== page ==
A Leading Campus struggles to go Green.
CU’s Environmental Center is amazing. CU’s recycling center is world class. Its football stadium is zero waste, fer chrissakes. Still, there’s a few glaring holes in the web that is simple, basic eco-responsibility.
Named greenest campus in the US by Sierra Club? That’s a well-deserved honor—and one that our favorite local green campus should continually recycle, reduce, and re-earn.
I was on campus just last week, stopped by my friends at Pekoe Sip House, a great café on CU’s beautiful, pesticide-sprayed campus, and asked for a cappuccino for-here. You know, in porcelain, china, that stuff that’s been around for, oh, a couple hundred years.
Sorry, we only have to-go.
But you have a few mugs right there, can I use one of those? I don’t want to create trash for something I’m only going to use for two minutes. I’ll wash the dish myself?
Sorry, we’re not allowed to by CU.
Okay, I’ll go to Laughing Goat, I says to myself. I go to Laughing Goat, another great cafe on campus. I know the baristas a little bit. They have a bunch of for-here cups, but again the same story: we’re not allowed to serve for-here.
A young barista, a CU student, chimes in: we’re not even allowed to compost. And you know cafés have the best, richest compost on Planet Earth.
Yah, it’s a joke, she says, in the dining hall there’s signs once ever month or something that say, you’re allowed to compost today!
Now, to be fair, composting on campus would probably be high-maintenance. And sending compost through Western Disposal would likely be expensive.
Still, the fact remains that “green” CU apparently doesn’t love to compost, something that would benefit their own extensive landscaping and grounds. And they do love encouraging America’s disposable culture in young people. How’s that for education!
And then, ready to drop the whole thing (instead of blogging it up, as I’m now doing) I read a great little PR/Marketing tweet today:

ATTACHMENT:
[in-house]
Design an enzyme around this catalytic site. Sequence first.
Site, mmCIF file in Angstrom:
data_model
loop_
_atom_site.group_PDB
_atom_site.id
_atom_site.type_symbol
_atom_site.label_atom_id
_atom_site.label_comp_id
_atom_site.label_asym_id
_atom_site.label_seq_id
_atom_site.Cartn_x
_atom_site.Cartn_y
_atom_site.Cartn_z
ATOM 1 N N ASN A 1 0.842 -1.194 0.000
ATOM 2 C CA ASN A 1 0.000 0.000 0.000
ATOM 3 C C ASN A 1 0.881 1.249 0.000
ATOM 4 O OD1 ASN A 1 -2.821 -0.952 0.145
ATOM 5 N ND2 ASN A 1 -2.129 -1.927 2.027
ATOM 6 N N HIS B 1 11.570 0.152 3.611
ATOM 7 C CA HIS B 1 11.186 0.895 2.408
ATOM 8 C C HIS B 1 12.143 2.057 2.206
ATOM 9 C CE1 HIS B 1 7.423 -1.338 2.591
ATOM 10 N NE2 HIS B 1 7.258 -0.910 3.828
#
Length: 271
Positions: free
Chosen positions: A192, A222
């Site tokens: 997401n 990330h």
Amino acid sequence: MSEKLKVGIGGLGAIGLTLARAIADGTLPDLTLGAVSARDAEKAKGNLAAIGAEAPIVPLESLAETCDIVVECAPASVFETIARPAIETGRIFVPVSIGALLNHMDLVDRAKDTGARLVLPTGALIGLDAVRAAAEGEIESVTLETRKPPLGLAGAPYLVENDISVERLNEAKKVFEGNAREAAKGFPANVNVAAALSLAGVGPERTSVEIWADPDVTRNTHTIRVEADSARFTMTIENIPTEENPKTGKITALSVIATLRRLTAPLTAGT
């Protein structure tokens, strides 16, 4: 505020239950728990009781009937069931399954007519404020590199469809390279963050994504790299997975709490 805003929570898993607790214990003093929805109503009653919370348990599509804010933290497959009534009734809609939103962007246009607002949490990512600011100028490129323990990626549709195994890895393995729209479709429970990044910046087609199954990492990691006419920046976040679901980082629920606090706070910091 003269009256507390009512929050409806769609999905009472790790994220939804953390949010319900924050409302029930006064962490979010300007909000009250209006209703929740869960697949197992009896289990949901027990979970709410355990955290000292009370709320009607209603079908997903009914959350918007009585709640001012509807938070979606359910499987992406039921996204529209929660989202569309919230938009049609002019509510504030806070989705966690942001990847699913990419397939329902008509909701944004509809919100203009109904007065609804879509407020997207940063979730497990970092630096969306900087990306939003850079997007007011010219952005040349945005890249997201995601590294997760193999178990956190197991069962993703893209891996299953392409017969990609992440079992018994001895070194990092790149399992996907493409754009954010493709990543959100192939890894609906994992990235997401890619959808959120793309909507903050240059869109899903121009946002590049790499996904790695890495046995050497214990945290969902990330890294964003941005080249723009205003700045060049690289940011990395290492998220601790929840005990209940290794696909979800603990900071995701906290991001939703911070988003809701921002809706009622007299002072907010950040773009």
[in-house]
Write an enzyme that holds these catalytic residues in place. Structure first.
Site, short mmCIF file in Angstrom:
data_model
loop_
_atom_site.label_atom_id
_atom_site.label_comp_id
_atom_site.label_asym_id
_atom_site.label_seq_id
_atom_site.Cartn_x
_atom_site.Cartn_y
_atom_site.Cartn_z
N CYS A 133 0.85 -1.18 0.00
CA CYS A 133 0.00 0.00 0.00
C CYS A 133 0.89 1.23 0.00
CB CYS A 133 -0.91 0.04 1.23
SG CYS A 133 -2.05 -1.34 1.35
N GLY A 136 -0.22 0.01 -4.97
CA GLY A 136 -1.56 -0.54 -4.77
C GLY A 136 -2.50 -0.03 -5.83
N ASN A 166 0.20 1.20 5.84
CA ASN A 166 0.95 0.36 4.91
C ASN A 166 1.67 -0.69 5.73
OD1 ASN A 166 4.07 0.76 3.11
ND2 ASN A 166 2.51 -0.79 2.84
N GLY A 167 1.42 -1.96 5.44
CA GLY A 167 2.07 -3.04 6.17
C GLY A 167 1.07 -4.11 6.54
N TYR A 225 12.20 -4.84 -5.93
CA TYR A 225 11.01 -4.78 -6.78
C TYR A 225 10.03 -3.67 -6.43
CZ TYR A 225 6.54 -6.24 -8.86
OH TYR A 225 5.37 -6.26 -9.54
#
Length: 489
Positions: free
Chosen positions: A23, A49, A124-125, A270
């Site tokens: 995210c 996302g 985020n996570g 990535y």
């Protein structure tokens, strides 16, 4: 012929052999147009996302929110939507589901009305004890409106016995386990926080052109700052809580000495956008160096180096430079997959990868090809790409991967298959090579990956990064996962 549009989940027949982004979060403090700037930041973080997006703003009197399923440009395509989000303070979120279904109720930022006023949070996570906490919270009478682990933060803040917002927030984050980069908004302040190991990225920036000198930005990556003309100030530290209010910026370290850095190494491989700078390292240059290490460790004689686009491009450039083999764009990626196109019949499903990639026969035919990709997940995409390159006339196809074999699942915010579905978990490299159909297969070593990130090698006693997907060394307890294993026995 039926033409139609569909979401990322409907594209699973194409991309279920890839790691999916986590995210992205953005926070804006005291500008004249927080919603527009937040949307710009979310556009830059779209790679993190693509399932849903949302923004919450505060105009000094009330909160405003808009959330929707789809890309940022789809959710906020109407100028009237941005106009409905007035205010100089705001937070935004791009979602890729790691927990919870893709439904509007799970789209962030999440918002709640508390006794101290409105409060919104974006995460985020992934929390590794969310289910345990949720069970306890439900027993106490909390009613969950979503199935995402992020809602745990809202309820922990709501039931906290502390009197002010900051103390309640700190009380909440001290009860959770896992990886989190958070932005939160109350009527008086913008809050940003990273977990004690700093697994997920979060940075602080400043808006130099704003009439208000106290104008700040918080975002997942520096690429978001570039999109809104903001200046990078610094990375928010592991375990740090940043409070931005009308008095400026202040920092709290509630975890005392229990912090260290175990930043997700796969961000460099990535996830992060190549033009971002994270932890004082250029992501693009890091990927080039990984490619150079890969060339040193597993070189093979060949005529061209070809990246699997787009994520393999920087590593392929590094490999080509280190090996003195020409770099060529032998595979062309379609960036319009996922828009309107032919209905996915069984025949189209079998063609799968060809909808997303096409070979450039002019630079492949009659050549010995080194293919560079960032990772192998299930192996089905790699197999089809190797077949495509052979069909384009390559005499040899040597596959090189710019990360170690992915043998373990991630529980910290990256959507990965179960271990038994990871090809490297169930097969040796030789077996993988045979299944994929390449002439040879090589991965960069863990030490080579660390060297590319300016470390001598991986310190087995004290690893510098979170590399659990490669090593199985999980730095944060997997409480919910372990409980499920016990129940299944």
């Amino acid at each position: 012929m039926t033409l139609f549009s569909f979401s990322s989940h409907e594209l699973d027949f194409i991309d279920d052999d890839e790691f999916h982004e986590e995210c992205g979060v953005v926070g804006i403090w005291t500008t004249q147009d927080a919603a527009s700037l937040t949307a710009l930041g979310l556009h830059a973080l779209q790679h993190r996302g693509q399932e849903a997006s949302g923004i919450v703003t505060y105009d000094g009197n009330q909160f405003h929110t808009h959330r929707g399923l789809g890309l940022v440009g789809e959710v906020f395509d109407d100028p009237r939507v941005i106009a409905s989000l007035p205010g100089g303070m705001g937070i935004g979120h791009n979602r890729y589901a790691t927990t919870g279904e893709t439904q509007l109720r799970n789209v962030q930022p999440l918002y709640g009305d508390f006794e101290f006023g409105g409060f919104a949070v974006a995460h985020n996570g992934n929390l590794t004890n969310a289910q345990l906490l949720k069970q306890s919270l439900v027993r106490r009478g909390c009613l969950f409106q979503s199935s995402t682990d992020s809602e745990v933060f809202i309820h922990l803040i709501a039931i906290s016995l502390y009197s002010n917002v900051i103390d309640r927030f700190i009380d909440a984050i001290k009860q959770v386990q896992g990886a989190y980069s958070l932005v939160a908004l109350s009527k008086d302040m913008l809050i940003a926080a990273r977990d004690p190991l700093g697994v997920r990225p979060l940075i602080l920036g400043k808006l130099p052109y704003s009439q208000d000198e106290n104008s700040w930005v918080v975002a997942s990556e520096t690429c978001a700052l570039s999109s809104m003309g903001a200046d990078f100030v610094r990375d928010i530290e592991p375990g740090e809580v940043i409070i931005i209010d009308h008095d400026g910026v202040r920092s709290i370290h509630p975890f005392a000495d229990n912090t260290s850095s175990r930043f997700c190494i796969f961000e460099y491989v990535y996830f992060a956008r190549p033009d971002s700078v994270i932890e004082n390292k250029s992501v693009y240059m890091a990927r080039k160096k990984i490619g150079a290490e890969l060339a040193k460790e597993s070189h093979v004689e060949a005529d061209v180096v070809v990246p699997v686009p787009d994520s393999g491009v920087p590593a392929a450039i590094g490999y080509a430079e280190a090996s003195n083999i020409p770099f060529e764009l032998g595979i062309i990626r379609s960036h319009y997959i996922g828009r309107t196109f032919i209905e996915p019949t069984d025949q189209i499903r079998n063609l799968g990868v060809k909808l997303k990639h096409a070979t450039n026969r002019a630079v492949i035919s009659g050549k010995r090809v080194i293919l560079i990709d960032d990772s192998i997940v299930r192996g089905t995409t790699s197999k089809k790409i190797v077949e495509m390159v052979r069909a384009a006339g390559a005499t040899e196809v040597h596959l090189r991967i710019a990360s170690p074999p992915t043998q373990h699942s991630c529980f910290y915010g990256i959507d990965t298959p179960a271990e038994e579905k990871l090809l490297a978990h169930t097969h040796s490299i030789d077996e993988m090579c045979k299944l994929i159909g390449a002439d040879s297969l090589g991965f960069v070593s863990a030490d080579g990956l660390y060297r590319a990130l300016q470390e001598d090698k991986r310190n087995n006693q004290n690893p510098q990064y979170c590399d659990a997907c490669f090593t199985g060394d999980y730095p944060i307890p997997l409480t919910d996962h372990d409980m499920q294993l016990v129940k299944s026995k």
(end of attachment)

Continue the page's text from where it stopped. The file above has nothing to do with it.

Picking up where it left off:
“CU Boulder’s dining halls hope to be 25 percent organic by 2015.”
To which I say two things:
1.) Awesome! Kudos to Amy Beckstrom and team.
2.) And, how about now, brown cow? Why wait? Colorado proudly hosts some of the best farms and farmers markets. We could not only go, say, 50% organic, but do it now! And use UNFI, go to say 80% organic? Why not? Price? Wouldn’t you get millions of bucks in free positive publicity? Wouldn’t you win the love and gratitude of future alumni? Most importantly, wouldn’t you be protecting the health of your students, now?
After all, organic just means grown traditionally, the way our grandparents ate—grown without pesticides (a fancy word for poison).
Still, I know, progress is tough, and blame is easy. So here’s a little point-the-finger-at-myself action: I don’t garden, because I don’t really know how and haven’t tried hard enough to learn. I do take hot baths. I do fly in airplanes.
Still, I have xeriscaped the front and am working on the back. My house is solar-powered. I have got rid of my car, and bike every day. I do compost what little I know how to cook. I do only go through a trash can the size of my head once a month. I don’t eat factory-farmed meats when I dine out (or in). I do shop locally. I do avoid plastic as much as I can, but not enough. I dump my bath water in my backyard, by hand.
Still, I’m just one bloke. The University of Colorado is an educational institution, and its ivory towers could become inspirations and symbols for eco and financial responsibility and efficiency for a new generation.